Constraints on "everything existing"

From: Eric Hawthorne <>
Date: Fri, 17 Jan 2003 09:40:03 -0800

Hal Finney wrote:

>the purpose of the list, to
>discuss the implications of the various ideas that "everything exists".
>Everything we say is implicitly prefaced by the conditional clause,
>"If all <whatever>s exist, then".
I would propose (as I layed out in some detail in a post about
3 months ago) that their are in fact many constraints on those
states-of-affairs that can be said to "exist".

I would put it this way: Only those states and state changes
capable of supporting communities of communicating intelligent
observers "exist". Other, weirder states only "potentially exist",
but a better way of saying it is that they are "partially
qualified to exist, but not fully". They are "partially qualified"
in the sense of being configurations of information, as are the
more self-consistent "existable" states, but they are not
self-consistent enough to exist.

This amounts to a definition of "exist" more than anything else.


1. The "consistent enough to exist (and be commonly perceived)"
states must not only be able to support a single observer, but
the whole ecosystem of observers that allows that observer to
exist, and the whole physical set-up (planet, gravity, particular
gaseous mixtures, particular energy and temperature regimes etc)
that allows communities of intelligent agents to exist and observe.

Any state changes (at any time) that would deviate from the
maintenance of the consistent physical laws that allow for
conventional existence of stable emergent systems and
intelligent observers will be automatically disqualified
from full observable existence.

2. My contention is that this is an onerous constraint on
"fully existable states", and that the number of possible
configurations of such states is probably very limited.
It wouldn't surprise me if something very close to the known
physical constants and laws turned out to be actually
"logically necessary" for the continual self-consistency
requirement of existable states that I propose. It could be
that ALL other configurations of matter, energy, information
become inconsistent (or too disordered, or too ordered) quickly,
and disqualify themselves from "observer production" and
"full-fledged (classical) existence".

3. This is not to say that every action that every person
for example takes is "necessary" for continued full existence
of the classical, existing, "way things actually are" state.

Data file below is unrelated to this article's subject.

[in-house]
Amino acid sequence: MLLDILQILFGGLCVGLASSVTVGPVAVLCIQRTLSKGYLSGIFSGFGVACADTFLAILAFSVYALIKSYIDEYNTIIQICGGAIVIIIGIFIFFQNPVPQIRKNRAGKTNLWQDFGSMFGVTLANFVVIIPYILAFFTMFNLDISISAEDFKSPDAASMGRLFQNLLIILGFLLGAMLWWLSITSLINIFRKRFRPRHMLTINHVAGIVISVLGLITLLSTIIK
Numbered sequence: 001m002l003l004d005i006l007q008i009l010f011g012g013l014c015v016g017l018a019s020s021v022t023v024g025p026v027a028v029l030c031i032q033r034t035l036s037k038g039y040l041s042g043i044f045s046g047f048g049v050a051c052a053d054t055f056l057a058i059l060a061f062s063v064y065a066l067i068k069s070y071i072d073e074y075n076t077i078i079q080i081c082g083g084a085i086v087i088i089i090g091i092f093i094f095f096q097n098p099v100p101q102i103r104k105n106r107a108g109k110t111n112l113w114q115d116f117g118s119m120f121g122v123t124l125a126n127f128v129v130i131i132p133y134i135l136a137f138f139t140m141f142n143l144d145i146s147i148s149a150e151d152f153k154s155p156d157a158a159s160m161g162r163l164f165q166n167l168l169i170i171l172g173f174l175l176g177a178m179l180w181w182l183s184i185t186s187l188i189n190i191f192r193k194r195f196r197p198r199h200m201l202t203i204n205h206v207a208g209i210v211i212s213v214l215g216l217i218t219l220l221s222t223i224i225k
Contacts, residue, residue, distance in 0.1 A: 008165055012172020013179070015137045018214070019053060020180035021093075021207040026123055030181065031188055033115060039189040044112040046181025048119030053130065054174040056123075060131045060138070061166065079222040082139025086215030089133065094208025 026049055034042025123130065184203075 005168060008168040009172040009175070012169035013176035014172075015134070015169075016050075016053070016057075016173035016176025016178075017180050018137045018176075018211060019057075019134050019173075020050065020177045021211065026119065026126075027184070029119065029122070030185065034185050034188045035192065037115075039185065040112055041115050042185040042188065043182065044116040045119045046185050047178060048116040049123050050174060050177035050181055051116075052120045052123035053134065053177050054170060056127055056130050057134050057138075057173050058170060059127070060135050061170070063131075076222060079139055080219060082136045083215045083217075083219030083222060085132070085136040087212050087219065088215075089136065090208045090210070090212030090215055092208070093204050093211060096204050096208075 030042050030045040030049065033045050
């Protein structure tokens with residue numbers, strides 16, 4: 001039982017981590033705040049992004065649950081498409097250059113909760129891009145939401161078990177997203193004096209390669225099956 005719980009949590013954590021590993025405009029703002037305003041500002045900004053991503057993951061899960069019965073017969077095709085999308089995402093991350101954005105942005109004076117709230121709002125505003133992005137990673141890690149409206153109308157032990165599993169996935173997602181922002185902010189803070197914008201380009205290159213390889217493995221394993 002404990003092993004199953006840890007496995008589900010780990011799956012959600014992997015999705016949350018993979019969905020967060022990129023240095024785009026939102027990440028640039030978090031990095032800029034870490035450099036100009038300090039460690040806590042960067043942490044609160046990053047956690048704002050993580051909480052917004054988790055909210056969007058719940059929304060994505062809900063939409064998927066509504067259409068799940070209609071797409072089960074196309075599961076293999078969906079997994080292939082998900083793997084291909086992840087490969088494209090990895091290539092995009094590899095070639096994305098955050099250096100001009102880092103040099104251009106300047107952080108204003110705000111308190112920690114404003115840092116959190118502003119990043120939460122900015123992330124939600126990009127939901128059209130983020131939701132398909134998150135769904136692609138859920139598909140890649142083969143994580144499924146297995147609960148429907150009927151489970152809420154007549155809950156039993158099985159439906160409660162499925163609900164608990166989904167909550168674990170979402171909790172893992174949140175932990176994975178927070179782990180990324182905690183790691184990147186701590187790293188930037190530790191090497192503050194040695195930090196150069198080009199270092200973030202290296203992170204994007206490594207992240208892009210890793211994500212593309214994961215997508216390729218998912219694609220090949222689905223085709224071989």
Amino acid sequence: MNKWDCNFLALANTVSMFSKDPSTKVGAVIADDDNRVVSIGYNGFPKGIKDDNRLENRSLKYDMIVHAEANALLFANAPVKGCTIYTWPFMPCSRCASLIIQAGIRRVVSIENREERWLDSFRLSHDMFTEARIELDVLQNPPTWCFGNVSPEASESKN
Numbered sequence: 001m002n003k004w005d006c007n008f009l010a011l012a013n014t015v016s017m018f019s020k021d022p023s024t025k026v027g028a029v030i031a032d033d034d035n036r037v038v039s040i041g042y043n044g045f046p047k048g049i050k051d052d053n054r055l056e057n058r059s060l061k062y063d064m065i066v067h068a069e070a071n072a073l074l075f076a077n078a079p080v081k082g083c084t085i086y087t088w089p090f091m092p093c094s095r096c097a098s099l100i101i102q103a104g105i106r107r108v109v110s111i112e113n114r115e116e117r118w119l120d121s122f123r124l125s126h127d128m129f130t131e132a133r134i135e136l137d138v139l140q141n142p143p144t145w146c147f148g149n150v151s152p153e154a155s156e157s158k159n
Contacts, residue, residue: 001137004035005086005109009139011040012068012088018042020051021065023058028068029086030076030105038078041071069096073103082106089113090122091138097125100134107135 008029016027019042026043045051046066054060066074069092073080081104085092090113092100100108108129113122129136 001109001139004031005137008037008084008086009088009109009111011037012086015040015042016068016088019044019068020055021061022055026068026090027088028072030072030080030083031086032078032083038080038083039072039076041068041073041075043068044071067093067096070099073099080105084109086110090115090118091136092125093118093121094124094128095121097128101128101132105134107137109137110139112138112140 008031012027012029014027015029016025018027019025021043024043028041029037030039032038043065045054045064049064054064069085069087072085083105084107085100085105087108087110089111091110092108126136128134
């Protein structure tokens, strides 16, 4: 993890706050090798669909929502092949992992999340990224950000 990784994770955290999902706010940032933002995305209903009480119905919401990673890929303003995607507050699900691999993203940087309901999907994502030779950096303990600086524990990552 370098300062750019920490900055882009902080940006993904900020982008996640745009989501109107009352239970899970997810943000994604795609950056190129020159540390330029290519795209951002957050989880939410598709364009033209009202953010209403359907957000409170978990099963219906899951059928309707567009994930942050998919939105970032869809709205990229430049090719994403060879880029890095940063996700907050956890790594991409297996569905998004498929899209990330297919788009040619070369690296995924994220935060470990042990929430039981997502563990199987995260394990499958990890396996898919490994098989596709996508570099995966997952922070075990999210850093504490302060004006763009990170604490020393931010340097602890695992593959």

But it means that such personal actions are heavily
constrained by the way things had to be in the historical
development of our species, and its body's capabilities and
its brain's capabilities.
And so human behaviour, on average, will be as determined
by our nature, and all of that (narrow) range of behaviour
will be within the narrow bounds of "fully existable" states.

4. It seems to me that "self-consistency" and
"rule-governed, effectively continuous, localized change" of
state are the necessary pre-conditions of sequences of
states that can be fully existent (observable).

Bear in mind that these requirements must be met to the full
extent of allowing non-locally consistent existence. i.e.
a whole consistent universe (observable and agreeable by all
observers in it) must be possible with those
state-change rules, not just one person's consistent life-story.

That's a very heavy constraint on state-changes. ALL of those
state changes must conserve the non-locally-consistent full
universe life-story without discrepency.

5. My intuition says that these very heavy consistency and
continuity requirements (on "fully existable state change sequences")
would probably rule out travel or communication by observers between
different possible worlds.

And would probably rule out there being a different calculus
of consequence and probability in a MWI compared to an SWI.

Only each "self-consistent world" can be a "possible world".
Most sets S where S is a "set of alternative possible worlds"
will not be themselves (as a set S) able to be self-consistent
enough to be a fully existent "world". Or another way of putting it is
that if a set S of alternative possible worlds is itself
self-consistent (over spatiotemporal evolution of its states) then
it collapses by definition into being a single world, not
a set of different worlds.
Received on Fri Jan 17 2003 - 12:44:16 PST

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